The Navy’s EA-18G aircraft, also known as the “Growler,” is set to receive significant technical updates onto its airborne electronic attack (AEA) system. The Growler’s AEA system will see major improvements in radar jamming, locating and destroying targets, along with defense suppression capabilities. These updates will cost approximately $91 million and the installation will be overseen by the aerospace company Northrop Grumman.
One of the Navy’s most reliable and resourceful brands of fighter jets, the Growler has been carrying out combat missions since 2011. The company’s updates on the Growler’s AEA system and countermeasure technology are currently in production, and the Navy says the aircraft will be able to continue its role in being among the first deployed to high-threat zones upon completion.
The Growler’s electronic signal jamming and abilities reduces threats of hostile ground-to-air defenses, which is why the Growler is typically among the first brand of aircraft to be deployed in hostile territory. Its jamming capabilities provide ample cover for airstrikes and other fighter jets when they approach enemy airspace. The Growler uses multi-mode radar detection, suppression, and countermeasure accessories that are equipped on different parts throughout the aircraft. The fighter jet’s wings and tail contain An/ALQ-99 radar jamming pods, while the gun bay has an AN/ALQ-218(V)2 receiver and communications countermeasure system installed.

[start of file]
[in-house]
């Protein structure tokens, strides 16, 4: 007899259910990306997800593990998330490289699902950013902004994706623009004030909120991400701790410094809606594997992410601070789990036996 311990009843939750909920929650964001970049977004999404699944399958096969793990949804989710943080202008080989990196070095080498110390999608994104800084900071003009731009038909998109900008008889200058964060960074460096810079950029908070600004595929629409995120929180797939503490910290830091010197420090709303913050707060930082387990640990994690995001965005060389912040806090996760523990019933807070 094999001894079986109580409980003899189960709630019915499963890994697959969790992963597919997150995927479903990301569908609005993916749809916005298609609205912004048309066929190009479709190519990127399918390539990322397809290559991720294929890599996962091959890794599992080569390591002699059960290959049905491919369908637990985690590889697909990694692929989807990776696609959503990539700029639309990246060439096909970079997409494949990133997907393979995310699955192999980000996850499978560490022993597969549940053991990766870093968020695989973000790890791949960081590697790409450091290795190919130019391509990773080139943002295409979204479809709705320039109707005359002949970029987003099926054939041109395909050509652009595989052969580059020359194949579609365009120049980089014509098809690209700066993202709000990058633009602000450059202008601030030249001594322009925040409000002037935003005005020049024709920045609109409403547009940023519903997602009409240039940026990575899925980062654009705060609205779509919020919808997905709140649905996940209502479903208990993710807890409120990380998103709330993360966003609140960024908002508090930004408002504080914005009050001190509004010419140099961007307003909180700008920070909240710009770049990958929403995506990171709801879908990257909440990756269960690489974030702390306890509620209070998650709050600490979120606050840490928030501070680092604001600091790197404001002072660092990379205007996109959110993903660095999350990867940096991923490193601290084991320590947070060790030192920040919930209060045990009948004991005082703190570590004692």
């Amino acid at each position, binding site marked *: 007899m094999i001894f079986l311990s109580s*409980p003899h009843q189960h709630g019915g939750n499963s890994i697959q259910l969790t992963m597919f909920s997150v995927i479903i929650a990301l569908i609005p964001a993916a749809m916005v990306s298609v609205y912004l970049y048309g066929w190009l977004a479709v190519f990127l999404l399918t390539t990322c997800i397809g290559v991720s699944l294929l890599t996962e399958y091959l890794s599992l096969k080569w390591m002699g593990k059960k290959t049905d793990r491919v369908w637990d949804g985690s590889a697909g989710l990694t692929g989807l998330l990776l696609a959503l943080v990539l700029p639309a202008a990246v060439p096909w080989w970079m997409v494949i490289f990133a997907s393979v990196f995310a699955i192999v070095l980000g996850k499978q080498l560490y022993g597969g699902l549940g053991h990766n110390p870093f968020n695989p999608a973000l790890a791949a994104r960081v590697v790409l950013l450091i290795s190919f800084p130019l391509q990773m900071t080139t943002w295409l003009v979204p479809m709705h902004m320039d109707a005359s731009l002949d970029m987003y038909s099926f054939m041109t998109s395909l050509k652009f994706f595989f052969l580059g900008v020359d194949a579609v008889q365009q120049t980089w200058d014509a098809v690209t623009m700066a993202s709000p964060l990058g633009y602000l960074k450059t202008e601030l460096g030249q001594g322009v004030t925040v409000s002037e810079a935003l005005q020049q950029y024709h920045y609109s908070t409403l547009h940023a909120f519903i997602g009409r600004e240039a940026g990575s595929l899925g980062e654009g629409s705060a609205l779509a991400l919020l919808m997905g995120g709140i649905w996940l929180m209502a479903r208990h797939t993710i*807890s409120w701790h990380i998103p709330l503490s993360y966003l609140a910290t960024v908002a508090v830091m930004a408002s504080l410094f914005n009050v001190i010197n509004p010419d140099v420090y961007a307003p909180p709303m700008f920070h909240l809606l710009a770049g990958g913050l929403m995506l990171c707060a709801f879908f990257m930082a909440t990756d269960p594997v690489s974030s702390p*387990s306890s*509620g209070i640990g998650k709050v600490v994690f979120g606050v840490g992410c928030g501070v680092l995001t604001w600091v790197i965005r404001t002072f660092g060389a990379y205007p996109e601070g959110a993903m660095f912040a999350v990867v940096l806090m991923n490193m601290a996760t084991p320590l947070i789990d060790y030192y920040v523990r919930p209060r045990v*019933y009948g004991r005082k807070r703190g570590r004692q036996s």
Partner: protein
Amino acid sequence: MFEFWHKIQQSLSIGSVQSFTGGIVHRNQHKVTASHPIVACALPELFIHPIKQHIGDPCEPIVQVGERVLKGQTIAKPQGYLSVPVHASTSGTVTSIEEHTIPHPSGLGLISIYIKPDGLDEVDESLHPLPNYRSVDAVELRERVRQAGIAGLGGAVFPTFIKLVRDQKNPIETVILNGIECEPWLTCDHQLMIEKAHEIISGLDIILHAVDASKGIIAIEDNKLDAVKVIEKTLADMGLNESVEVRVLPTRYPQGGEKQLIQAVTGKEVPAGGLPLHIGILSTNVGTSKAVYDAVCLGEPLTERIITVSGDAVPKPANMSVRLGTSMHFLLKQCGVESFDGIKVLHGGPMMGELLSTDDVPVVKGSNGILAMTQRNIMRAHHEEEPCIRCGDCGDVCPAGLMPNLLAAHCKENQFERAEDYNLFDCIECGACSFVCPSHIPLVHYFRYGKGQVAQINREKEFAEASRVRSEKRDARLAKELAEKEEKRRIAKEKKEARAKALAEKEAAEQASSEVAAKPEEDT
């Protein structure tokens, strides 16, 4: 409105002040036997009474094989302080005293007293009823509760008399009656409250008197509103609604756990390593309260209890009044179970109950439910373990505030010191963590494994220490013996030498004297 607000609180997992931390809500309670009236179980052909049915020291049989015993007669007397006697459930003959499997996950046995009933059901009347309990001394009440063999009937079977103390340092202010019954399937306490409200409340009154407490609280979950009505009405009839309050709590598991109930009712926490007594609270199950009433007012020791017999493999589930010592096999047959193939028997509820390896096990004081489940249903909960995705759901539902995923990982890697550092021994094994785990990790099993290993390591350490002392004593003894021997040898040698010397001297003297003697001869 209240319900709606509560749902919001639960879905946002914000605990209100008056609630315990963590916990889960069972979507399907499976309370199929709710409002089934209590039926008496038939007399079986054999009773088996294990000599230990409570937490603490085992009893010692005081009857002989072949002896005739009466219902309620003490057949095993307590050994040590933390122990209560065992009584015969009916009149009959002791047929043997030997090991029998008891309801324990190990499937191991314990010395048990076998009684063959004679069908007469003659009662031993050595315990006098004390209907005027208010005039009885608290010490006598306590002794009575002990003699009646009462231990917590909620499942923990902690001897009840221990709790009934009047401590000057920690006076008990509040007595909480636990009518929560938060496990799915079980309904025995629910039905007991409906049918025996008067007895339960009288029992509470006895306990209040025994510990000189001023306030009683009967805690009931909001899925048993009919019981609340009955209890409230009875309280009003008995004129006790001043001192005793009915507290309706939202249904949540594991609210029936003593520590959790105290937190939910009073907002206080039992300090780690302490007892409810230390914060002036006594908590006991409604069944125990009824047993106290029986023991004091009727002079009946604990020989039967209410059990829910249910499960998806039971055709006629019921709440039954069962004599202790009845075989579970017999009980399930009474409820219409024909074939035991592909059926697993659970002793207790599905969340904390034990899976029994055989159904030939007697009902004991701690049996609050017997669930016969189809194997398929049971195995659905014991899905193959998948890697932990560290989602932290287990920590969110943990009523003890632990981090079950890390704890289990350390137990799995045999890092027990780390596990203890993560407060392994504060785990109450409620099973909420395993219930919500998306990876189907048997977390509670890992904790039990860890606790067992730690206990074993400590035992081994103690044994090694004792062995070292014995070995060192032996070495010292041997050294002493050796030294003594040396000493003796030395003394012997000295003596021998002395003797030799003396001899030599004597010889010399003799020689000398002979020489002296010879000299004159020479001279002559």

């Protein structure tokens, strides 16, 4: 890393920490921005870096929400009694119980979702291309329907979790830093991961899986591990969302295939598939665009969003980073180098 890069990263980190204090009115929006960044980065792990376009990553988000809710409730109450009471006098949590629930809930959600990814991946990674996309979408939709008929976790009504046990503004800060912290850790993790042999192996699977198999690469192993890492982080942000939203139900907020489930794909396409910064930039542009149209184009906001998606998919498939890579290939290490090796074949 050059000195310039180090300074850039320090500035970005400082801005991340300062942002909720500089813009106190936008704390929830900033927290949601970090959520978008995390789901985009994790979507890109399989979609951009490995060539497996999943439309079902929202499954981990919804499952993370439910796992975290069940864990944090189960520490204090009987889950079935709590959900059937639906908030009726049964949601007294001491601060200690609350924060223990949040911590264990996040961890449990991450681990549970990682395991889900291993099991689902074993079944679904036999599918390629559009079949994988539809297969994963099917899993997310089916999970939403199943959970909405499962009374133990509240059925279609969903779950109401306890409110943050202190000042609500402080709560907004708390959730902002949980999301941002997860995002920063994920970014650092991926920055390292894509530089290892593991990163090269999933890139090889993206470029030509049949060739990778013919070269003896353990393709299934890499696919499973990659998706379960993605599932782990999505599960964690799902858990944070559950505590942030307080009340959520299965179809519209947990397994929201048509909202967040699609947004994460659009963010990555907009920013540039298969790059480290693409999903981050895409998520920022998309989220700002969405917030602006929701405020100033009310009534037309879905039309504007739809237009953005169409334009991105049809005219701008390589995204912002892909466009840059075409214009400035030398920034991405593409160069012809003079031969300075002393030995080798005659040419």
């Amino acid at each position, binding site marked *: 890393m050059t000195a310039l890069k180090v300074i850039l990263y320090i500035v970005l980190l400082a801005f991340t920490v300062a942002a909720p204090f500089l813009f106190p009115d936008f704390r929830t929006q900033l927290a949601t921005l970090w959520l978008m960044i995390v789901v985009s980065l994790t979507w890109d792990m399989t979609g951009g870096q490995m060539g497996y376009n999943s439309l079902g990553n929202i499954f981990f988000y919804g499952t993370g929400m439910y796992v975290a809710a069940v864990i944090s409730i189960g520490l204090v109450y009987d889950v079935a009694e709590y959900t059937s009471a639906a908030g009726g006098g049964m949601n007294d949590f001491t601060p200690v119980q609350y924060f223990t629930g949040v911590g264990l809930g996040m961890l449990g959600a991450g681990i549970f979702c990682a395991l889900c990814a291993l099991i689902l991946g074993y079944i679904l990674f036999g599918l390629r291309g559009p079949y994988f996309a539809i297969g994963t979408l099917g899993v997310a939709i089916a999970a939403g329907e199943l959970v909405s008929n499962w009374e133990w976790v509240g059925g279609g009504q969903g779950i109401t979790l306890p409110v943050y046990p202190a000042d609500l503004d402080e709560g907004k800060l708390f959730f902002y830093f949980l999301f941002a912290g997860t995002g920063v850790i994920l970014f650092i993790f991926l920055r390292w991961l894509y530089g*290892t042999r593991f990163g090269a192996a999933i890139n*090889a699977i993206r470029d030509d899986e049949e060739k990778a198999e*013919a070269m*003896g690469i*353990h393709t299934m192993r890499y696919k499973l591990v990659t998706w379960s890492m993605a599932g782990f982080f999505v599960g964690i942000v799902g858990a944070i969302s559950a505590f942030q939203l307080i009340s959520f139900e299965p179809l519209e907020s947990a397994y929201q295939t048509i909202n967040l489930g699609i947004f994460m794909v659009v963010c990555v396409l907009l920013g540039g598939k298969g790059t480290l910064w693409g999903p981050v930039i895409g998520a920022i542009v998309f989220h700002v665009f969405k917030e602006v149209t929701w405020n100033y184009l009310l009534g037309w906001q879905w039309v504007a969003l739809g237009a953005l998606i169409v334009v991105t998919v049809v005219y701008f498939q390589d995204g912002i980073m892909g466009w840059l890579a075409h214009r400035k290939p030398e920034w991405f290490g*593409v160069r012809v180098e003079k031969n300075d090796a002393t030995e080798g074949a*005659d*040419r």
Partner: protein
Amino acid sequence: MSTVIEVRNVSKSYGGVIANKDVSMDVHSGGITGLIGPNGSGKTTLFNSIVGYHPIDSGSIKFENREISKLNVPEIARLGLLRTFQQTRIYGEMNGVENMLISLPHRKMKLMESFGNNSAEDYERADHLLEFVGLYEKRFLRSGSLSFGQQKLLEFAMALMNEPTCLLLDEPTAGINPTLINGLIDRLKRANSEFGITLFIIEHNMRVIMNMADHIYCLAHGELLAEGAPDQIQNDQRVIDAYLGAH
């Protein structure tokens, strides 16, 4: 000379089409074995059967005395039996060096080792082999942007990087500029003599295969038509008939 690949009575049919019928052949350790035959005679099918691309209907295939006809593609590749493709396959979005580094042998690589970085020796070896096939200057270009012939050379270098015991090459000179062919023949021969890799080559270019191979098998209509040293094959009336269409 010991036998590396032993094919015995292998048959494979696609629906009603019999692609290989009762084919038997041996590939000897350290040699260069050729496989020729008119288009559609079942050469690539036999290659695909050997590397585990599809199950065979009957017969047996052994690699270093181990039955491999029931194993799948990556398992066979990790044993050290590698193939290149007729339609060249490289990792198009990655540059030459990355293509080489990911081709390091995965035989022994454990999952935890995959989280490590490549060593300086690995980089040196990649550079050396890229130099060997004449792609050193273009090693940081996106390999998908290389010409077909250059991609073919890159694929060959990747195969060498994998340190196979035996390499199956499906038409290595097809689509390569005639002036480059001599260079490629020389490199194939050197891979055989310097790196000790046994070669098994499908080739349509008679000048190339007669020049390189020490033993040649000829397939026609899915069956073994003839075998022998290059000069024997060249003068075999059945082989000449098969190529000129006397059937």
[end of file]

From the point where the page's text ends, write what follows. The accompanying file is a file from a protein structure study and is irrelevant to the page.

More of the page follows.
The Growler also possesses the unique ability to defend itself from threats, along with locating and eliminating selective targets. This is done using advanced electronically scanned array radar and air-to-air missiles. The aircraft’s last update was in 2015 when the system was modified to conduct electronic surveillance over a broader area, along with becoming able to share electronic intelligence and reconnaissance data with other platforms more efficiently.
Growler’s electronic attack focus on its upgrades makes the fighter jet a key implementer of electronic warfare for the military, since modern combat now involves disrupting enemy electronic systems like radar. The Growler is one of the military’s few aircraft that operates as joint service platforms for conducting electronic warfare.
The software and hardware AEA requirement upgrades are expected to be applied some time in 2019.